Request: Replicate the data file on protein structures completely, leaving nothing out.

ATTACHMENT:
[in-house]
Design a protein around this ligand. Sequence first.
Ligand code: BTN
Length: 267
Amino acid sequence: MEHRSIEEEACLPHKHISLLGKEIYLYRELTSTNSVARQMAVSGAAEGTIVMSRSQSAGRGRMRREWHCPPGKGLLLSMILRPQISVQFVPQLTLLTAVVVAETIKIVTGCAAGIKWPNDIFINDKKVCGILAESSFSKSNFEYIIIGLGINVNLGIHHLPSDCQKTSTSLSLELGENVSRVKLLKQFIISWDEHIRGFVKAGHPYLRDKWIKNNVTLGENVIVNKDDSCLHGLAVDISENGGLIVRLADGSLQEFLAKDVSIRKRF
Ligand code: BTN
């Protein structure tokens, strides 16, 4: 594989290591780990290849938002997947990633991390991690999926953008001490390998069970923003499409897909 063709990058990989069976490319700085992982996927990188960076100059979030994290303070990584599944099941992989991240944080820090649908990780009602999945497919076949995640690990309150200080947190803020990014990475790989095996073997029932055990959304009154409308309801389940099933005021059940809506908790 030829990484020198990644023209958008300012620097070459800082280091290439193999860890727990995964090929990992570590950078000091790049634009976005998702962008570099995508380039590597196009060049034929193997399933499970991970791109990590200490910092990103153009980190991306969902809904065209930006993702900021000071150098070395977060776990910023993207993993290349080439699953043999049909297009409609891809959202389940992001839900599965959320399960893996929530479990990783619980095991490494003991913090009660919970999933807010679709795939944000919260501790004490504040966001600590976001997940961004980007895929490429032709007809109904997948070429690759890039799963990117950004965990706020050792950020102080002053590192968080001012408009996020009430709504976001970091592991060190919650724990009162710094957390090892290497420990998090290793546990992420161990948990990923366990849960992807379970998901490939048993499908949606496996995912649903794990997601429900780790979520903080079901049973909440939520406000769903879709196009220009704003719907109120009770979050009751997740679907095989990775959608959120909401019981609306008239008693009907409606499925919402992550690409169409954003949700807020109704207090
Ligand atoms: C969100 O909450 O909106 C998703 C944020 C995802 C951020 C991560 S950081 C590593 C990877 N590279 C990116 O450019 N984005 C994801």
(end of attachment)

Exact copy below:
[in-house]
Design a protein around this ligand. Sequence first.
Ligand code: BTN
Length: 267
Amino acid sequence: MEHRSIEEEACLPHKHISLLGKEIYLYRELTSTNSVARQMAVSGAAEGTIVMSRSQSAGRGRMRREWHCPPGKGLLLSMILRPQISVQFVPQLTLLTAVVVAETIKIVTGCAAGIKWPNDIFINDKKVCGILAESSFSKSNFEYIIIGLGINVNLGIHHLPSDCQKTSTSLSLELGENVSRVKLLKQFIISWDEHIRGFVKAGHPYLRDKWIKNNVTLGENVIVNKDDSCLHGLAVDISENGGLIVRLADGSLQEFLAKDVSIRKRF
Ligand code: BTN
């Protein structure tokens, strides 16, 4: 594989290591780990290849938002997947990633991390991690999926953008001490390998069970923003499409897909 063709990058990989069976490319700085992982996927990188960076100059979030994290303070990584599944099941992989991240944080820090649908990780009602999945497919076949995640690990309150200080947190803020990014990475790989095996073997029932055990959304009154409308309801389940099933005021059940809506908790 030829990484020198990644023209958008300012620097070459800082280091290439193999860890727990995964090929990992570590950078000091790049634009976005998702962008570099995508380039590597196009060049034929193997399933499970991970791109990590200490910092990103153009980190991306969902809904065209930006993702900021000071150098070395977060776990910023993207993993290349080439699953043999049909297009409609891809959202389940992001839900599965959320399960893996929530479990990783619980095991490494003991913090009660919970999933807010679709795939944000919260501790004490504040966001600590976001997940961004980007895929490429032709007809109904997948070429690759890039799963990117950004965990706020050792950020102080002053590192968080001012408009996020009430709504976001970091592991060190919650724990009162710094957390090892290497420990998090290793546990992420161990948990990923366990849960992807379970998901490939048993499908949606496996995912649903794990997601429900780790979520903080079901049973909440939520406000769903879709196009220009704003719907109120009770979050009751997740679907095989990775959608959120909401019981609306008239008693009907409606499925919402992550690409169409954003949700807020109704207090
Ligand atoms: C969100 O909450 O909106 C998703 C944020 C995802 C951020 C991560 S950081 C590593 C990877 N590279 C990116 O450019 N984005 C994801």